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  • Elpidio Pezzella

Lambs Among Wolves

''Go your way; behold, I send you out as lambs among wolves.''

(Luke 10:3 NKJV)

In what is known as the mission of the seventy, Jesus provides indications to the first group of disciples, sent to precede Him to the places where he intends to go. But first He offers them one of the clearest images of what their experience would have been: “as lambs among wolves”. I realize how, however, one can be amazed or be perplexed by listening to these words. It is madness for a shepherd to send his sheep in the midst of a pack of wolves, but the Master uses strong language and always manages to be extraordinary, in the sense of being out of the ordinary. He certainly isn't sending them into trouble, nor is he going to put them in danger. The scene of sheep among wolves also offers a numerical sense, where most of it is evidently represented by wolves. We are faced with a paradoxical situation: the sheep is invited to go among the wolves to love them, guide them in the truth at the risk of their own safety. In fact, leaving the metaphor, Jesus reminds the disciples to speak of faith without fear, with the courage and frankness that the sheep does not possess but that the Spirit would provide.


The passage could represent the synthesis of the epochal challenge between evangelical utopia and worldly realism. The first believes in the possibility that lambs go among wolves and manage not only to survive, but to change the disposition and ways of potential enemies. The second smiles and grins in front of this attempt, because the wolf has always eaten the sheep and things will always be like this, at the worstest, so the lambs will be meat for slaughter. But no! Nobody can stop me from continuing to believe that Christianity, despite what we are observing in our day, retains the strength to disturb consciences, to torment men lovingly, forcing them to God. In the empty chattering of many, we still hear some prophetic voice, in able to confront them with the challenges of peace, healing and hospitality, increasingly mistreated in a world where clear and certain points of reference are slow to rise, but which were salient in the mission in question. The Master's indication is a shock for anyone who wants to take action, a battle cry that should shake us to abandon a Christianity that is more and more like a living room, "armchair and slippers", reserved and private. Lo Spirit is at work to induce us to take the field without any fear. Even the smallest of lambs can do it, because he has behind him the strongest shepherd of any wolf that he will meet along the way: “He who hears you hears Me,he who rejects you rejects Me, andhe who rejects Me rejects Him who sent Me” (v. 16).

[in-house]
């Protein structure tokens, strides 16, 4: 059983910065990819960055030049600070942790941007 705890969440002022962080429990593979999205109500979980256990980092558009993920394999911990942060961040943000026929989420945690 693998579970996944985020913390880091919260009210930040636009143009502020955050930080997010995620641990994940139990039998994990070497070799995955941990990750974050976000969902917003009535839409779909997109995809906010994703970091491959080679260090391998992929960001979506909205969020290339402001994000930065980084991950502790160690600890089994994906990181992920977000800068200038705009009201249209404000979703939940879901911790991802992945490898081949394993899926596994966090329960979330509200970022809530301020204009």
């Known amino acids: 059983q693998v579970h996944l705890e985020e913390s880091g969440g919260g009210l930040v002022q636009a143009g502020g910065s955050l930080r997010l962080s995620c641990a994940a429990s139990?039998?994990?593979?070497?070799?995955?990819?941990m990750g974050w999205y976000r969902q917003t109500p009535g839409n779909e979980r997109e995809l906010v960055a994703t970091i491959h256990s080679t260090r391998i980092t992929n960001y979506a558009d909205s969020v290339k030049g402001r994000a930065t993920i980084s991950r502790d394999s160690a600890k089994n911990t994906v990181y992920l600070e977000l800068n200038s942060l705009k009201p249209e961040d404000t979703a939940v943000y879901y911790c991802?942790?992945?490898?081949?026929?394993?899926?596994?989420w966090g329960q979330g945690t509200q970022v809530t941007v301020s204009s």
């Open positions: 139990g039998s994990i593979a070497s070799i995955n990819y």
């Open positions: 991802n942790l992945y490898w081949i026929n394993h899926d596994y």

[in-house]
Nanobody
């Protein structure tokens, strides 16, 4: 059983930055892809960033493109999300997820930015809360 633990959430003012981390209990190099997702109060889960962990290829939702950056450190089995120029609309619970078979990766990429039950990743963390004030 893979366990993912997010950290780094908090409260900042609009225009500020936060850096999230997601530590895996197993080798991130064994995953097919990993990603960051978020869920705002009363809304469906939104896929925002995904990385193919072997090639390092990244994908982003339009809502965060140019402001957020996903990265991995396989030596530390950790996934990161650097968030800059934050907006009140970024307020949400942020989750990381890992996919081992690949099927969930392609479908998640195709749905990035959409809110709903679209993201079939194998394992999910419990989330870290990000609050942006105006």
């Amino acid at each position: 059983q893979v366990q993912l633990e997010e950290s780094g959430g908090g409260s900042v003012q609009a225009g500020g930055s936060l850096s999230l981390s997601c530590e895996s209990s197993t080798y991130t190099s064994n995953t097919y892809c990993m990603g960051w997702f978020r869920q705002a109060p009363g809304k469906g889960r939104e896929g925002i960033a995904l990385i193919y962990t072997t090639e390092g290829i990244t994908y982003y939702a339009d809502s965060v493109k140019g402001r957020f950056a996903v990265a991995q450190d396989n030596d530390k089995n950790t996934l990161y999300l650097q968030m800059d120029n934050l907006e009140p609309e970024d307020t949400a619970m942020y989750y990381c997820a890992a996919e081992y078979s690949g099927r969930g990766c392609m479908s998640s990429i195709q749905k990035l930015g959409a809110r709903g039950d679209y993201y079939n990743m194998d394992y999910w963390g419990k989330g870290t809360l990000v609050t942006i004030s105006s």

However, it's worrying about the change in attitude of some, who, once they find the courage to get out of the fold, stop being sheep and dress up as wolves. Excess is always a fault. An ancient Latin saying went: "Homo homini lupus", that is, man is a wolf for men. Hence the idea that in order to live among wolves we must become a bit like wolves too. It seems to witness the reconstitution of a movement of zealots, such as those who in the time of Jesus wanted to force the advent of the kingdom of God by means of partisan retaliation against the Romans. They argued that if the people rose up against the occupying forces, God would certainly intervene on their behalf and restore David's kingdom. Messianic preaching was widely misunderstood. I see a dangerous trap hidden here. The Christian overcomes evil with good, he does not need strong and violent ways, to behave like evil to hide his real weaknesses. Instead, it is in the awareness of his own fragility and weakness that the Christian finds his strength. It may seem somewhat strange, but it is what the apostle Paul declares: "Therefore I take pleasure in infirmities, in reproaches, in needs, in persecutions, in distresses, for Christ’s sake. For when I am weak, then I am strong" ( 2 Corinthians 12:10).


If there is any truth that we must always keep in mind, it is precisely this: from a spiritual point of view, we are absolutely weak and we can do nothing alone. The next one is that God fulfills his power in our weakness, without ever leaving or abandoning us. I think it's time to get rid of arrogance, presumption, and wanting to impose our ideas at all costs. If we are "sheep" we will not have any violent or aggressive instincts, but we will let ourselves be led by the Good Shepherd.


 

Weekly Bible Reading

Plan #06 January 31, Exodus 25-26; Matthew 20:17-34 February 01, Exodus 27-28; Matthew 21:1-22 February 02, Exodus 29-30; Matthew 21:23-46 February 03, Exodus 31-33; Matthew 22:1

February 04, Exodus 34-35; Matthew 22:23-46 February 05, Exodus 36-38; Matthew 23:1-22 February 06, Exodus 39-40; Matthew 23:23-39



photo by AinaM, www.freeimages.com


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